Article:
For a few months I watched Sasha Alsberg’s booktube channel. She’d do unboxing videos of getting ARCs from different publishers. I was intrigued. I wanted free books to review. I started a blog and reviewed five books I’d recently read. I, then started searching for book blogger review opportunities. I was thrilled to discover NetGalley, Blogging For Books and TLC Book Tours. All three of these companies have been gracious in giving me an opportunity to get to review for them. My TBR is quite scary thanks to all the lovely books I’ve been approved to review. If you love to write and read, then think about starting a blog today. It only took 5 book reviews to be accepted to review for the above 3 companies. I always get excited when I see book mail from HarperCollins.
I don’t have kids. Why would I pick to reciew a book about how to deal with teenagers? I’m not a parent, a teacher, a mentor, a counselor, but I am an aunt. Eventually my nephew will become a teenager and I’ll need to be ready. This book is very readable and has great suggestions on how to handle a myriad of things from sex, dating, dealing with death, anger, eating disorders, school, cell phones, etc. Josh writes with humor and candor. The author even goes over what to expect with teen’s emotions and physical changes, broken down by age category.
Reading this book brought to mind how I related back to my parents and the type of parenting they enacted. There are 4 different parental traps: comfort, approval, control and performance. I’d say my dad falls under the control and performance categories while my mom is under the comfort trap. I unfortunately relate to the approval trap. I still over think and care what others think of me. Even though I’m an adult this section of the book was very enlightening.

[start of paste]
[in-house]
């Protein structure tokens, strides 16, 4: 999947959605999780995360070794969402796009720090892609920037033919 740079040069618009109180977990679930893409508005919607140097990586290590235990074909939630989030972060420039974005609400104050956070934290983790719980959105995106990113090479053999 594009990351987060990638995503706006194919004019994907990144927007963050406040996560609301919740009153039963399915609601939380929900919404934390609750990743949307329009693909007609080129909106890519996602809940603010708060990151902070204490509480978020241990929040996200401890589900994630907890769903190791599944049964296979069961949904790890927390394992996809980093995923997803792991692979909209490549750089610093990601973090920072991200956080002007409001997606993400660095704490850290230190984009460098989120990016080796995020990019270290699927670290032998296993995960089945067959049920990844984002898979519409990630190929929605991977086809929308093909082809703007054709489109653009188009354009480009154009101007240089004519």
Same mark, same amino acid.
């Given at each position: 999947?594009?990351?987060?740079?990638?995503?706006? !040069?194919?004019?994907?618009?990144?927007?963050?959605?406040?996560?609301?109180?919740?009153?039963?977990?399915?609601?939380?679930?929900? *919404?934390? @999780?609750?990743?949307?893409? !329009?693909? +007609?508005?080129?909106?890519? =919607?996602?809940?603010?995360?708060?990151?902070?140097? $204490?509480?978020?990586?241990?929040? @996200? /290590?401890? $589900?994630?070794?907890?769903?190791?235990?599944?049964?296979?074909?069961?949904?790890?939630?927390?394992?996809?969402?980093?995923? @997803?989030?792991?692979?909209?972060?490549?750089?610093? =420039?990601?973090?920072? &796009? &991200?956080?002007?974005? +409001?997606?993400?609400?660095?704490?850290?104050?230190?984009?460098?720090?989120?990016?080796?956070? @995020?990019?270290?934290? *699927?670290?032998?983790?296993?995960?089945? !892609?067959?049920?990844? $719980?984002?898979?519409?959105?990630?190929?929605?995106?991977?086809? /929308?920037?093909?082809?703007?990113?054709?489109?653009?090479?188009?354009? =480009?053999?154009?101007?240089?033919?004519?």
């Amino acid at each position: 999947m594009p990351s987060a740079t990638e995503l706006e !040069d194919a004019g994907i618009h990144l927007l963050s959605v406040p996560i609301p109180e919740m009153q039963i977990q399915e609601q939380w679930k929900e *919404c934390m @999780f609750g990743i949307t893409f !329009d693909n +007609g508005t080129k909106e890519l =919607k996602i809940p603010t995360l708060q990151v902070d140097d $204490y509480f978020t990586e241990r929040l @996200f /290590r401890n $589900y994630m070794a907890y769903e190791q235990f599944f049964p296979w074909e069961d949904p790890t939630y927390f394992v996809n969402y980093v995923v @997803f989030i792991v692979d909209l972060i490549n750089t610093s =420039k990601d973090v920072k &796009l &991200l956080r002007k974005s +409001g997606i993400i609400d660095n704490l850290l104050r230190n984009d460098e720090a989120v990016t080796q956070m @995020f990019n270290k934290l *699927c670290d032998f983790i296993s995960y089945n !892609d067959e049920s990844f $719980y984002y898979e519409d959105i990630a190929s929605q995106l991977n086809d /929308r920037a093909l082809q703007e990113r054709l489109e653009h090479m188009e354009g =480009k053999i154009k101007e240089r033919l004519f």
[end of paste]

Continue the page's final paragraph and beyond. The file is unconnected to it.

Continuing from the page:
If you work with teens in any capacity I highly recommend this book. It has great examples for questions to ask when it comes to talking about the bird and the bees. If you want to put together a house rules document for your home so everyone clearly understands what’s expected of them Josh has a great template for it. I think having a journal to correspond between parent and teen is a wonderful idea. It gives a place to be honest without the pressure of the other person looking intently at you, waiting for an answer to a question. Plus, it gives history you can refer back to, to see how far your communication has improved. I received The Grown-Up’s Guide To Teenage Humans by Josh Shipp for free from TLC Book Tours in exchange for my honest review. To buy a copy click here and find out how you can get further awesome guidance from Josh here.